When someone is interested
in supporting East Tennessee State University Foundation by
a deferred gift plan, the simplest methods are a bequest,
or life insurance or pension plan beneficiary clauses. The
alternative of an irrevocable charitable remainder trust
(CRT), however, can meet as many as three personal
in addition to reducing estate taxes and
carrying out the charitable intent. Those objectives
The Tax Reform Act of 1969 first named and defined these split-interest trusts, and they continue to play a major role in philanthropy. They are available to anyone, can be confidential and are able to use a single transaction and asset to accomplish multiple charitable gifts.
The term of a CRT can be measured (1) by one or more lives in being at the time the trust is first funded, (2) by a term in years not to exceed 20 or (3) by a combination of life or lives in being plus a number of years not to exceed 20. Assets suitable for funding a CRT are cash, appreciated marketable securities and appreciated unencumbered real property. Mortgaged real estate cannot be used to fund a CRT, and using tangible personal property can be problematic.
Two Basic Forms of Charitable Remainder Trusts
The two basic forms of CRTs are the charitable remainder annuity trust (CRAT) and the charitable remainder unitrust (CRUT).
The major difference between the two forms is the nature of the income payments to individual recipients. CRATs must pay income at a fixed amount per year, expressed either in dollars or as a percentage of the value of the initial funding assets. The payout from a CRUT is variable, expressed as a percentage of the annually redetermined value of trust assets, with potential either for growth or decline in dollar payments. A minor difference is that subsequent supplemental funding is permitted for a CRUT, but not for a CRAT. Also, an annuity trust must have less than a 5 percent probability of being exhausted during its specified term or the life expectancy of annuitants.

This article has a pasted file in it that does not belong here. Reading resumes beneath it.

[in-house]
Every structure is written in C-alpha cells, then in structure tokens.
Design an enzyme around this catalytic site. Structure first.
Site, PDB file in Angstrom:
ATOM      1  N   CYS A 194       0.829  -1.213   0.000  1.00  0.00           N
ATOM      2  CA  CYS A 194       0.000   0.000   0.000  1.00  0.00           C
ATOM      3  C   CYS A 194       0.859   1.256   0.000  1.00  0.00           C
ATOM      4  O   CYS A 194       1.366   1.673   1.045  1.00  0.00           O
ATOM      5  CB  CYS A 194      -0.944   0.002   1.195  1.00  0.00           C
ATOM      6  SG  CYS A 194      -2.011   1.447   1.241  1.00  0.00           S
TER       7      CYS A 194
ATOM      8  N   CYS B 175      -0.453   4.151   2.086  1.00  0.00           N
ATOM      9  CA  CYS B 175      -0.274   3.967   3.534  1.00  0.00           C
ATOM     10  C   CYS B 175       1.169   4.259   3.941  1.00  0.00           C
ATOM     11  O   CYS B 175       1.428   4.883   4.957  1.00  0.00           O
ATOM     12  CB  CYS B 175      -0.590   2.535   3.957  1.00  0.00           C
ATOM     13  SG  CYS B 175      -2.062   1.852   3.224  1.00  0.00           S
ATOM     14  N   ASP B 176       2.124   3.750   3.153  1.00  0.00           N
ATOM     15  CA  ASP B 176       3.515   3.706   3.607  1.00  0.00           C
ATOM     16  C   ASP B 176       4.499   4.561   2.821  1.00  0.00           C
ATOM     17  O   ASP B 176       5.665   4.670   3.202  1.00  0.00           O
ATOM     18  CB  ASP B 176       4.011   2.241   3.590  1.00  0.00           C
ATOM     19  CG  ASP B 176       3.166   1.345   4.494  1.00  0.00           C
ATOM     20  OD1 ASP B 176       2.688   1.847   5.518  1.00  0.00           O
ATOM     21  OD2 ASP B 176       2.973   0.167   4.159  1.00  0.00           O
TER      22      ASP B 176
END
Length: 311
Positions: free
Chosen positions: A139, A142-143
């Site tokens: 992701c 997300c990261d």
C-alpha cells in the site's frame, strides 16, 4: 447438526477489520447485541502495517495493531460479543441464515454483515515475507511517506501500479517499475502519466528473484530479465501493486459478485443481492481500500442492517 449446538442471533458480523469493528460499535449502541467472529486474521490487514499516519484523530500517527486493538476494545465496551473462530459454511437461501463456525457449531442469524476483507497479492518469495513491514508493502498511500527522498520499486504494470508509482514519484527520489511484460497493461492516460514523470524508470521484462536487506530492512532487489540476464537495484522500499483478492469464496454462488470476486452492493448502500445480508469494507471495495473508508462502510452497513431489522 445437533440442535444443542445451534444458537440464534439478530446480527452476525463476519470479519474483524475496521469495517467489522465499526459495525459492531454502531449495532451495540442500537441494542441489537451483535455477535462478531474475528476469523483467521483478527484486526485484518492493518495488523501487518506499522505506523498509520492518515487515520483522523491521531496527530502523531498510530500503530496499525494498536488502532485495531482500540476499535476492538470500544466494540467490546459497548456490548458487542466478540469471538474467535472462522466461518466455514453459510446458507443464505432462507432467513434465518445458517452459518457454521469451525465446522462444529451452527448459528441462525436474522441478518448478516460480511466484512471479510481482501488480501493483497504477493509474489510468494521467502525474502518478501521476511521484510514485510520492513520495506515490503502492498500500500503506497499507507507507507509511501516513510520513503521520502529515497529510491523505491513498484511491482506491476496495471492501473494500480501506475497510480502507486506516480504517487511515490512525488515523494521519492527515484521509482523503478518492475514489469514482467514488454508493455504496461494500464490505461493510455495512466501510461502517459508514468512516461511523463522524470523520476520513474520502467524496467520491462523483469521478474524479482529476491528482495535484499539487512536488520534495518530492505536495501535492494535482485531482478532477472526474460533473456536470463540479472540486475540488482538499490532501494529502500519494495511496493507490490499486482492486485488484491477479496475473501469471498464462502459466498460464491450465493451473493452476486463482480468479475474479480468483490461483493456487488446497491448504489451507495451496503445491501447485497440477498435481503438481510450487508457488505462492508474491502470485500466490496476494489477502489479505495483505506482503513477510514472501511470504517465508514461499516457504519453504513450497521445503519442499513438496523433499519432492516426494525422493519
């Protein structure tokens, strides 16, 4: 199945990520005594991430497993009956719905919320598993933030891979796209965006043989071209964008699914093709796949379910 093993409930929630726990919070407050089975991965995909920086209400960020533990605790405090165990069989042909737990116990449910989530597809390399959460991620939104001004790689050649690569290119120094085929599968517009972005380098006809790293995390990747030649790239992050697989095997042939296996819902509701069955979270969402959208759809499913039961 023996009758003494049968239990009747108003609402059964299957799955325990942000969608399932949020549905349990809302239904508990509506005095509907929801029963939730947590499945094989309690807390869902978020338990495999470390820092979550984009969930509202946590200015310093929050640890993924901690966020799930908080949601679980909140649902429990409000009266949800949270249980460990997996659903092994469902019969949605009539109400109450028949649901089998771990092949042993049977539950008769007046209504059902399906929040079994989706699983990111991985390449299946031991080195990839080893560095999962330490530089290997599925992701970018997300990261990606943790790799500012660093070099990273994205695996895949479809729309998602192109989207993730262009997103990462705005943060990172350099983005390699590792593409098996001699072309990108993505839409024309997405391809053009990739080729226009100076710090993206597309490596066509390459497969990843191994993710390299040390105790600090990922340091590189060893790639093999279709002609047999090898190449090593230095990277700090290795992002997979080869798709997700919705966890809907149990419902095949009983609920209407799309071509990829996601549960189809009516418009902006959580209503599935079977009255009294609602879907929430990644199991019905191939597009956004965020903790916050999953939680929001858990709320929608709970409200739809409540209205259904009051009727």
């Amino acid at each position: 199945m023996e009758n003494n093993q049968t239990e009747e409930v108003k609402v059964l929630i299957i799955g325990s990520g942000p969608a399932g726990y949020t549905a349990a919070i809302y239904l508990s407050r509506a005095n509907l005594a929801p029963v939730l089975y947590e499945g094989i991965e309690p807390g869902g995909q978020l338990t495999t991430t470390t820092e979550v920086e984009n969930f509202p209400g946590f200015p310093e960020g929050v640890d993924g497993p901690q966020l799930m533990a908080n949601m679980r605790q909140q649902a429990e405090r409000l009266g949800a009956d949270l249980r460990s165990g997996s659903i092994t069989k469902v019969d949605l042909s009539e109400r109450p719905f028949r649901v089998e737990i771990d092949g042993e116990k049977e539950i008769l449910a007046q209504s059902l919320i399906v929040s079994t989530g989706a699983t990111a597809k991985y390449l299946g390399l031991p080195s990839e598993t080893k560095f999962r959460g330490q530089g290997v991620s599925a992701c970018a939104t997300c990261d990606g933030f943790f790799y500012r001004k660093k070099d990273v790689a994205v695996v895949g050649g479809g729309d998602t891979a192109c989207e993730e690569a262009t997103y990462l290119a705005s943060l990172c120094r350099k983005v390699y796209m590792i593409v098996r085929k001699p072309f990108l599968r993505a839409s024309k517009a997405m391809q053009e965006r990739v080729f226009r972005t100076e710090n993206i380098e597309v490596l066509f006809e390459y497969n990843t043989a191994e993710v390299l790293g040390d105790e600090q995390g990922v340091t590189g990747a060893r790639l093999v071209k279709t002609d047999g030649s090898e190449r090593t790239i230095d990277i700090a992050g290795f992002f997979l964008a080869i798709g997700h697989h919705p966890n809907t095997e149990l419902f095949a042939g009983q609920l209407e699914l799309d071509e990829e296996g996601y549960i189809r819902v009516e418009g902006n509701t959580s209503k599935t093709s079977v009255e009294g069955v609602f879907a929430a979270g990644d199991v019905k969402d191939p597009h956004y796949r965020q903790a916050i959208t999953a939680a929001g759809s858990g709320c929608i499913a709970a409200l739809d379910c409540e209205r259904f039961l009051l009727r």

A primary factor in choosing between the two basic forms is the age of the income recipient(s). Older grantor-recipients tend to favor the certainty of the annuity trust, while younger persons favor the growth potential of a unitrust to offset inflation. Other considerations can be the risk tolerance of a grantor-recipient, the fixed or variable nature of other income sources, and economic expectations concerning inflation. Also, the nature of funding assets can influence the selection.
Another difference between charitable remainder annuity trusts and unitrusts is in the investment options for a trustee. Because the required payments from a CRAT are fixed, and typically higher than the rates selected for a CRUT, investment is primarily in assets producing fixed income. These generally are long-term investment grade bonds, but can include real property with long-term rental leases.